Sam Watson’s journal round-up for 4th April 2016

Every Monday our authors provide a round-up of some of the most recently published peer reviewed articles from the field. We don’t cover everything, or even what’s most important – just a few papers that have interested the author. Visit our Resources page for links to more journals or follow the HealthEconBot. If you’d like to write one of our weekly journal round-ups, get in touch.

Innovation in the pharmaceutical industry: new estimates of R&D costs. Journal of Health Economics [PubMedPublished 12th February 2016

This study is an update of the original study by DiMasi and colleagues, whose finding, published in an article in the Journal of Health Economics that the costs (in 2000 USD) of drug development were close to $1 billion, has achieved near canonical status. However, considerable doubt has been thrown on these claims, and the criticisms of the original study should be applied to this new research. Light and Warburton’s critique drew on a number of points: the lack of comparability and reliability about the original survey data as well as the lack of transparency (as the data were not made publically available); there was a clear interest for pharmaceutical companies to overstate their costs in survey responses; neither the firms nor the drugs considered were random samples; the only drugs considered in the study were “self-originated new chemical entities” (NCEs) whose costs of development are many times higher than acquired or licensed-in NCEs, new formulations, combinations, or administrations of existing drugs, and yet only comprise around 22% of new drug approvals; government subsidies were not deducted; and, there was no adjustment for tax deductions and credits, to name but a few. Articles in major journals based on industry sponsored research are three to four times more likely to report results favourable to the sponsors than articles with independent funding (see here and here). Considerable variation therefore exists in estimates of the costs of drug development. Light and Warburton have estimated the median figure to be roughly a tenth of the original DiMasi estimate. While this may seem implausibly low it certainly suggests we need to take industry sponsored research that affects health policy with a healthy dose of scepticism. The new estimate in this paper is $2.9 billion, but I’ll let you be the judge of its validity.

Outcomes in economic evaluations of public health interventions in low- and middle-income countries: health, capabilities and subjective wellbeing. Health Economics [PubMed]. Published 25th January 2016

This study forms part of a special issue of Health Economics on the subject of economic evaluation in low and middle income countries (LMICs) published recently. The whole special issue is worth a read, but here I’ll just outline one paper that discusses outcomes in the evaluation of public health interventions in LMICs. Public health interventions and other community based programs often aim to improve a number of aspects of people’s lives beyond health. The question of value is a growing topic in health economics. People have reason to value other outcomes such as knowledge, education, or liberty. For this reason QALYs or DALYs have been argued to not be well suited to the evaluation of public health interventions as they only capture health related changes to people’s lives. New approaches, such as the capabilities approach or subjective well-being, are therefore being developed. Subjective well-being may indeed fit into a more traditional welfarist approach to policy evaluation, which may be suitable in countries where cost-effectiveness thresholds have not been established. This paper provides some examples of these applications and discusses challenges to their use in LMICs.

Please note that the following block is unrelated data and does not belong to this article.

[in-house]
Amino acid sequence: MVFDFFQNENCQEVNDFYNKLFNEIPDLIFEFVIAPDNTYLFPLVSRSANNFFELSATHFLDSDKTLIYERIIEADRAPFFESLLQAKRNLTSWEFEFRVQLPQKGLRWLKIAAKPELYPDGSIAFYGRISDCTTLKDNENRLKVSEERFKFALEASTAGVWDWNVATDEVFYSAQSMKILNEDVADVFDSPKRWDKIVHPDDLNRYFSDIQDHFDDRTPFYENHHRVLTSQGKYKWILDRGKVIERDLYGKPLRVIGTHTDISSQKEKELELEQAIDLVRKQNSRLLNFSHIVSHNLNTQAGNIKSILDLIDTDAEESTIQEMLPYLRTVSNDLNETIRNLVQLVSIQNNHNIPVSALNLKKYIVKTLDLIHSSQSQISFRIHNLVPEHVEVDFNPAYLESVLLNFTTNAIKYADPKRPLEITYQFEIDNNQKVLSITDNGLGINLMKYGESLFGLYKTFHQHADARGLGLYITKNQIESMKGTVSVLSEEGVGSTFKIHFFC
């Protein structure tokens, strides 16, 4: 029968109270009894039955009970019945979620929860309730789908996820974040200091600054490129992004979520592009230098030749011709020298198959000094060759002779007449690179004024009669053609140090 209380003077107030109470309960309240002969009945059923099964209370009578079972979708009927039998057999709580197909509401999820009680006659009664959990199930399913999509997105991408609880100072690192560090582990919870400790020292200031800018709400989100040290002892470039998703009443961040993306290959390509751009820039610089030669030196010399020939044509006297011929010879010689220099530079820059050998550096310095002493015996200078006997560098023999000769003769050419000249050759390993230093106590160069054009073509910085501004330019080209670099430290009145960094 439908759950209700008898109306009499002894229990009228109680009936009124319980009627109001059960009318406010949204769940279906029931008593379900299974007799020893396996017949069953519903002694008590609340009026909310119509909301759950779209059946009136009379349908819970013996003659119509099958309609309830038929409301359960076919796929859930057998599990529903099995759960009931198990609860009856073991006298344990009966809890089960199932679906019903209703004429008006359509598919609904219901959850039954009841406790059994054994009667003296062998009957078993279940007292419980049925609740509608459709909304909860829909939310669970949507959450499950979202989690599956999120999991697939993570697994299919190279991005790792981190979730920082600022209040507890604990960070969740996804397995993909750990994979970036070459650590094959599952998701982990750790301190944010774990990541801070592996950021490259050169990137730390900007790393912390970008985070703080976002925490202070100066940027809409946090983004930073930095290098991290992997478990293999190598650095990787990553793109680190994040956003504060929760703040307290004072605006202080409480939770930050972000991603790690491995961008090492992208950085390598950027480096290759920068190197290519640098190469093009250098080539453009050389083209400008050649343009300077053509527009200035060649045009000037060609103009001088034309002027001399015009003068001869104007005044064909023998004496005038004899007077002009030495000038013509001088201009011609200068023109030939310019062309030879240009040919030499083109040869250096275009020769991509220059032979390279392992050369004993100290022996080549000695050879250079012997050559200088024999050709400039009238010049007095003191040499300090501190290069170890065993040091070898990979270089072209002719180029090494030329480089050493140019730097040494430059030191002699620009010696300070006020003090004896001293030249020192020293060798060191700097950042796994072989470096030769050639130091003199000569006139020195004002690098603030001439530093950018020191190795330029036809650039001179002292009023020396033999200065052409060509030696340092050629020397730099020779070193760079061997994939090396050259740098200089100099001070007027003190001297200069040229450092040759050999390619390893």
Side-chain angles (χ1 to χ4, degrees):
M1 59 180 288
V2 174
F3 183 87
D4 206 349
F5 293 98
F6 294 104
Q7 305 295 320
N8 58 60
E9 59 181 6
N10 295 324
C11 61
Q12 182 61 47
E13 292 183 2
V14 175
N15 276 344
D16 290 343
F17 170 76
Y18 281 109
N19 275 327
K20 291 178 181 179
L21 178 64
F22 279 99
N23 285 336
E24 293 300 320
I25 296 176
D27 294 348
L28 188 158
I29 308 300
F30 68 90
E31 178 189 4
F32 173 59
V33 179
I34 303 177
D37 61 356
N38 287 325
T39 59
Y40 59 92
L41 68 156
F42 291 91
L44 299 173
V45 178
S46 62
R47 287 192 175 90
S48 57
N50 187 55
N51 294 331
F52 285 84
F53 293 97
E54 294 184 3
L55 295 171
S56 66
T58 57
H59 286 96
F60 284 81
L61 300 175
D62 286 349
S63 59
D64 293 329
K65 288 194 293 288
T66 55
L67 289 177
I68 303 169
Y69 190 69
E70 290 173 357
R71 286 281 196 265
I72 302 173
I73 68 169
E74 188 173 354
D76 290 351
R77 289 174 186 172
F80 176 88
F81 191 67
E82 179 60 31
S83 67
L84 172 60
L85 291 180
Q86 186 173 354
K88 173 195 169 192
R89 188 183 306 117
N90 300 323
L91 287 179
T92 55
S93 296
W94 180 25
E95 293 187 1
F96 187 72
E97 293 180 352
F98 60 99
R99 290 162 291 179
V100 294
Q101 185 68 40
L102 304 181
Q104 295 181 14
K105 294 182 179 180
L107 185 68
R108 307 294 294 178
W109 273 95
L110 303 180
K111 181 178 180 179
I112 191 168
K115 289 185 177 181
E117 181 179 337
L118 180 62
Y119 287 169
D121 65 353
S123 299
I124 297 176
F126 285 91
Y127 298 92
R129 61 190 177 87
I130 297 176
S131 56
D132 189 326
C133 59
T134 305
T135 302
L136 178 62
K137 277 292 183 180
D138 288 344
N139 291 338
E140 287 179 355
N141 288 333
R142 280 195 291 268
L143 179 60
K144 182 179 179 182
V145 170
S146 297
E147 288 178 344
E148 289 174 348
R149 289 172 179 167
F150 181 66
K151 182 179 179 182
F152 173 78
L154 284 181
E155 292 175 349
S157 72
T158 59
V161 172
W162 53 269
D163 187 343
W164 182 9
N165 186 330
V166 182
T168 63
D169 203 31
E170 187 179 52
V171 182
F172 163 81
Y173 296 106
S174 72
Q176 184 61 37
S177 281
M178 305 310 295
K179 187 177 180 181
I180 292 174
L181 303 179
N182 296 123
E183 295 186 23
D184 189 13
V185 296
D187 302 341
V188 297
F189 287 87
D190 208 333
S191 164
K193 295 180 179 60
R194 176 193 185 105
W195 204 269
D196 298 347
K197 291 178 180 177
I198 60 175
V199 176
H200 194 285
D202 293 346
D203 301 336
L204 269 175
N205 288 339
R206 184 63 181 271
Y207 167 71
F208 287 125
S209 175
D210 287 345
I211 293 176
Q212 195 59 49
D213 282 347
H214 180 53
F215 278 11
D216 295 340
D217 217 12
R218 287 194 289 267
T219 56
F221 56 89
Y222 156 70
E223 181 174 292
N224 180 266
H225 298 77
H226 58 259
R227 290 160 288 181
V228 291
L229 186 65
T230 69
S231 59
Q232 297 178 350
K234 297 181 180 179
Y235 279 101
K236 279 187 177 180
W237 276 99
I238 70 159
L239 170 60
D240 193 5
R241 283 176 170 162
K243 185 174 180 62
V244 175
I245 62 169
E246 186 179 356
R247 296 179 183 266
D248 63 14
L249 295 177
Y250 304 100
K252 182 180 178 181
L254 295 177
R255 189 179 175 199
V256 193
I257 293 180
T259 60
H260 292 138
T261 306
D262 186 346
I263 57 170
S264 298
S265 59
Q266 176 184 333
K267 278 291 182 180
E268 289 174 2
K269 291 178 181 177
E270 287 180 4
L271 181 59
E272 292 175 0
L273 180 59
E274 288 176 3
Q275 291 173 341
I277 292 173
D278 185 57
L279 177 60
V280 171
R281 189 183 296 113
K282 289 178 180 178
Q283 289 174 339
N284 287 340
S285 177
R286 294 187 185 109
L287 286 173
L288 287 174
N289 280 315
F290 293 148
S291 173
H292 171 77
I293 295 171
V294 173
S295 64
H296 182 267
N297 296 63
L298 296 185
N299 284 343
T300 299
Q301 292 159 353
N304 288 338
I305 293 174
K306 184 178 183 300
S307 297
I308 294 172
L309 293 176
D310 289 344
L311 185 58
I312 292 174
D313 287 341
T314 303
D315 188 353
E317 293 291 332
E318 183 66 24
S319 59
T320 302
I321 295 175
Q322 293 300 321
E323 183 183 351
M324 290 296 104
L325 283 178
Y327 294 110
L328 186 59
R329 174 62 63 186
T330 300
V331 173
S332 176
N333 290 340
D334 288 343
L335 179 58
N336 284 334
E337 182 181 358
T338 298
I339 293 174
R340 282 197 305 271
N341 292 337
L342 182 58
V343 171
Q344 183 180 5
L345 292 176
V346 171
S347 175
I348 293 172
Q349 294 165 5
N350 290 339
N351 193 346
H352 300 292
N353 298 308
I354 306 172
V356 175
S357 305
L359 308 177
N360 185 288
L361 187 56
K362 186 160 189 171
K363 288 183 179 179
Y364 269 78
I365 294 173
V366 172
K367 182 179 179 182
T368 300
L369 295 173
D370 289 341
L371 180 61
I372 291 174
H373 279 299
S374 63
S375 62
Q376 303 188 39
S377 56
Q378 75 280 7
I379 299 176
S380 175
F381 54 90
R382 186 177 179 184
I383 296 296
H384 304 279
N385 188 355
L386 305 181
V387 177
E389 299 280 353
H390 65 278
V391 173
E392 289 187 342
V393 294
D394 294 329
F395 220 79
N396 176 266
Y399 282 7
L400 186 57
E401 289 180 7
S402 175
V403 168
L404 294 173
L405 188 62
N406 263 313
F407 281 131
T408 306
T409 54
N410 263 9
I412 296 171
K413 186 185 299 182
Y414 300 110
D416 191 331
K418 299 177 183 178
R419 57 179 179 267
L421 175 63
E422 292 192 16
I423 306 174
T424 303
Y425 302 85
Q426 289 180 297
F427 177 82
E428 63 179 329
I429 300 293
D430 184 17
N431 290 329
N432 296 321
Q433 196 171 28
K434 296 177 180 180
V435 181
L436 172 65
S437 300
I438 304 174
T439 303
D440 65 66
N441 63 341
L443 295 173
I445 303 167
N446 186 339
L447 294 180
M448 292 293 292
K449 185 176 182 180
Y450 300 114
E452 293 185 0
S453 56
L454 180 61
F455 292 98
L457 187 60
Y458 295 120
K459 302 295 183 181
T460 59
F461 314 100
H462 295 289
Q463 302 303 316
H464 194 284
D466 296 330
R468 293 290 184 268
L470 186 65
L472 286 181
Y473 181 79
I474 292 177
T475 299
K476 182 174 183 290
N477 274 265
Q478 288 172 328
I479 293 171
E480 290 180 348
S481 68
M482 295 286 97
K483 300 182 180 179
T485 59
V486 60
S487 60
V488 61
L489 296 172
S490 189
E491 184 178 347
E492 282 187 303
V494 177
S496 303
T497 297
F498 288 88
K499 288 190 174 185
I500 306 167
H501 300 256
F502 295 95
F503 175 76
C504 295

Does introducing imprecision around probabilities for benefit and harm influence the way people value treatments? Medical Decision Making [PubMedPublished 31st March 2016

In many cases economic evaluation is concerned with estimation of the incremental cost-effectiveness ratio of a treatment or technology where both costs and benefits are considered at the patient level. This information can be used to inform clinical guidelines and recommendations. However, patients generally have a choice with regards to their treatment. When the costs or benefits of an intervention depend on the number of patients treated, such as may be the case with a structural health systems intervention, a public health intervention, or a treatment program, then patient choice and uptake affects the overall cost-effectiveness of the intervention. Methods for clinical trial design based upon the effects to patient choice have been previously published. This study here shows how the level of uncertainty involved and the way it is presented to patients impacts upon their choice of treatment.  Such information may prove useful to the evaluation of interventions where uptake matters and may serve to inform clinical trial design.

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